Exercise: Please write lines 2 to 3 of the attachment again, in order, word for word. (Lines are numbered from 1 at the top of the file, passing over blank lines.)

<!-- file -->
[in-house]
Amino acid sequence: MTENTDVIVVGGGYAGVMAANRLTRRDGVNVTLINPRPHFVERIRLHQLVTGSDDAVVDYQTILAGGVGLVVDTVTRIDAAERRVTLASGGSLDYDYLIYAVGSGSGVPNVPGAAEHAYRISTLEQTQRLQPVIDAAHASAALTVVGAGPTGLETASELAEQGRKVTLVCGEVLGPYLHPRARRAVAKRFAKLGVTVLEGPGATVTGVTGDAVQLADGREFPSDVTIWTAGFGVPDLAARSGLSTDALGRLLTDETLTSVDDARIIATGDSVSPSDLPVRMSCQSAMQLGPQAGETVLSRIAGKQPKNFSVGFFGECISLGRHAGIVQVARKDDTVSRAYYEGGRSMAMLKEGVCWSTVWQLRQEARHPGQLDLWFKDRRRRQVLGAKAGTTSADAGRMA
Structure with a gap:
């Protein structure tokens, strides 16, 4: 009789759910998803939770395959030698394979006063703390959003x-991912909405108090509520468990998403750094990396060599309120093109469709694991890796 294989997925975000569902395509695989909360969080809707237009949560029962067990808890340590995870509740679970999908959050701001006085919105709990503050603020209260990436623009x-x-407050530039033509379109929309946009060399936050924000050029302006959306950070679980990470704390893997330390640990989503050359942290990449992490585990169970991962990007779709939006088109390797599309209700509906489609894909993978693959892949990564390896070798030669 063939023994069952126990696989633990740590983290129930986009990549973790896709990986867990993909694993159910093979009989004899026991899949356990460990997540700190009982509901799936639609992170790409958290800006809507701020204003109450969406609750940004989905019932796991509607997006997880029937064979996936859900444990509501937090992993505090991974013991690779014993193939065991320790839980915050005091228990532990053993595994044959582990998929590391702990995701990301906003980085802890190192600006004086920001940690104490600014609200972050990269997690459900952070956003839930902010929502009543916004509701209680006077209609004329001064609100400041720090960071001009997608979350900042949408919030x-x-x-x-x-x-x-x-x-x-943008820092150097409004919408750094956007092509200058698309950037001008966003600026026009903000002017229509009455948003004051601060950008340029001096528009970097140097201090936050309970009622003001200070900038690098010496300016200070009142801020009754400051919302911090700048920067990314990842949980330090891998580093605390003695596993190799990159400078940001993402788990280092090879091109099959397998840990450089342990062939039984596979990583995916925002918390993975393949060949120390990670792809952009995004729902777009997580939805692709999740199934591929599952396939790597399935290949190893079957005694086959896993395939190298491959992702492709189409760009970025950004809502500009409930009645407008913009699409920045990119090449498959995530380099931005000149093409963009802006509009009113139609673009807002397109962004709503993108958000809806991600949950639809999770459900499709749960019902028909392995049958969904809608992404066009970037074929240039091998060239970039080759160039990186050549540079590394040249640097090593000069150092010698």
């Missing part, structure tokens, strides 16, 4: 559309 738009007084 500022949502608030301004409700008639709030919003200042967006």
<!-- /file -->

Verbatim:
Amino acid sequence: MTENTDVIVVGGGYAGVMAANRLTRRDGVNVTLINPRPHFVERIRLHQLVTGSDDAVVDYQTILAGGVGLVVDTVTRIDAAERRVTLASGGSLDYDYLIYAVGSGSGVPNVPGAAEHAYRISTLEQTQRLQPVIDAAHASAALTVVGAGPTGLETASELAEQGRKVTLVCGEVLGPYLHPRARRAVAKRFAKLGVTVLEGPGATVTGVTGDAVQLADGREFPSDVTIWTAGFGVPDLAARSGLSTDALGRLLTDETLTSVDDARIIATGDSVSPSDLPVRMSCQSAMQLGPQAGETVLSRIAGKQPKNFSVGFFGECISLGRHAGIVQVARKDDTVSRAYYEGGRSMAMLKEGVCWSTVWQLRQEARHPGQLDLWFKDRRRRQVLGAKAGTTSADAGRMA
Structure with a gap: